About 60 percent of the Ghanaian population is into Agriculture. Most farmers in Ghana like in most other African countries today, are subsistence farmers who grow crops and rear animals just to feed themselves and their families. However, lack of farming subsidies, poor government regulations, poor market facilities, poor farming practices, poor climatic conditions in some areas, etc. continue to keep millions of people (especially rural farmers) in poverty and despair.
Ghana is the second leading producer of cocoa beans in the world (producing about 900 thousand tons a year). However, this major cash crop sometimes meet lower prices at the international market. Also, the state institution in charge of cocoa production and distribution, the Ghana Cocoa Board (Cocobod), is one of the most corrupt institutions in the country. It may surprise you to know that the salary of the CEO of Ghana Cocoa Board is more than twice that of the president of Ghana. In other words, those corrupt executives in charge of cocoa production and distribution in Ghana benefit the most from Ghana's cocoa. The poor farmers who toil all day and night in cocoa plantations across the country are left with nothing but poverty and despair.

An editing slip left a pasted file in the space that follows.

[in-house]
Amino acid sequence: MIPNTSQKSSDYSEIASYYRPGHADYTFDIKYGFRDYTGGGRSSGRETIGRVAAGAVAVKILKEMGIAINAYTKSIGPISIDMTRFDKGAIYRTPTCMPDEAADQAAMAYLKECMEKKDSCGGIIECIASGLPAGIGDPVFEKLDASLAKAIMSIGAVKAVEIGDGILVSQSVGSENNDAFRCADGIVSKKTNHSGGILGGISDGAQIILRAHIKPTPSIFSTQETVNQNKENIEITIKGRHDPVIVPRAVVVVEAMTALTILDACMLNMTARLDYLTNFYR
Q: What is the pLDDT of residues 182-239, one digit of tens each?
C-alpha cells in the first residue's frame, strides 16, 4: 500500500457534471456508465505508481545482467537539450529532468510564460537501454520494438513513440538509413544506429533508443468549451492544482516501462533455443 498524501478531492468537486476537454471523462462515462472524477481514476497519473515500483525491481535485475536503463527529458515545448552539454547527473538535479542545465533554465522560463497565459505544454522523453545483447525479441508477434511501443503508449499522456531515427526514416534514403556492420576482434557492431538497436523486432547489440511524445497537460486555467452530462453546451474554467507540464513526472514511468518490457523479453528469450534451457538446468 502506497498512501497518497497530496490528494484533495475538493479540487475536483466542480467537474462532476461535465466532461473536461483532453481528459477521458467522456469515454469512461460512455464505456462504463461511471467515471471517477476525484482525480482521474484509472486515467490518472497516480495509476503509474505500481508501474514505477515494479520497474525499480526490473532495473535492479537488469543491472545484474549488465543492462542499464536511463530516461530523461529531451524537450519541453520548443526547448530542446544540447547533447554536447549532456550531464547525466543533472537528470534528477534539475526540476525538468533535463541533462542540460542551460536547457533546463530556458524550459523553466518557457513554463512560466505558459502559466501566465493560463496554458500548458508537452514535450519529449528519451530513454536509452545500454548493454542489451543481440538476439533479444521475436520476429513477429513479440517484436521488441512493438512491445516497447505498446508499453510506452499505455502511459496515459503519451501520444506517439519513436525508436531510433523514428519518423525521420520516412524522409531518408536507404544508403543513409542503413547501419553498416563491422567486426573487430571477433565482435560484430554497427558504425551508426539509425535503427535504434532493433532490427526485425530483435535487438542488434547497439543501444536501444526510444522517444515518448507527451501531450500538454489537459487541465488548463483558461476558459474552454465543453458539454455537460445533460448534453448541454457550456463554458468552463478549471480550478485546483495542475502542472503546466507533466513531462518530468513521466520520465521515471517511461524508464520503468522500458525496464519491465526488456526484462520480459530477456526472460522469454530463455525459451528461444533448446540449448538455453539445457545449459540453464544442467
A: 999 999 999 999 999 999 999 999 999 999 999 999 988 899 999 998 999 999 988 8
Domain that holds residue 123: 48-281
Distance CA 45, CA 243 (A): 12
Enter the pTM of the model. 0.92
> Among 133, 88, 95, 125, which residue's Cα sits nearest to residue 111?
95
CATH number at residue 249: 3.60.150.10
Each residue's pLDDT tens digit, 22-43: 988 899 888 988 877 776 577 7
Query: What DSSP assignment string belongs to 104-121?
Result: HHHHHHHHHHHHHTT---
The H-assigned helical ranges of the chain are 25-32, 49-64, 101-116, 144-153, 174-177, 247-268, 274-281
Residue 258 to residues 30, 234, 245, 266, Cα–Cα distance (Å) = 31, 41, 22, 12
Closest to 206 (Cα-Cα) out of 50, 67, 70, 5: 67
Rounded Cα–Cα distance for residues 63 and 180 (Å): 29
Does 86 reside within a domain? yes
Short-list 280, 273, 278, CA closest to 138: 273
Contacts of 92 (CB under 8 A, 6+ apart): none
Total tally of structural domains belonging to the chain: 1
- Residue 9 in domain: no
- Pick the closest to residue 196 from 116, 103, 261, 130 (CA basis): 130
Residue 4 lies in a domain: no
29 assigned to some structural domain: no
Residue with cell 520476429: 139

Most villages and towns in Ghana today lack good drinking water, hospitals, basic sanitation ( lack of basic sanitation remains a major problem even in Accra the capital), quality education, etc.
The northern parts of Ghana, unlike the rest of the country, get very unpredictable levels of rainfall in a year. This leaves the upper East, the upper west, and the Northern region of the country mostly dry and dusty during much of the year. This doesn't favor agriculture at all in most parts. Rainfall in the northern parts of Ghana is unpredictable, sometimes causing unpredictable flooding in some areas.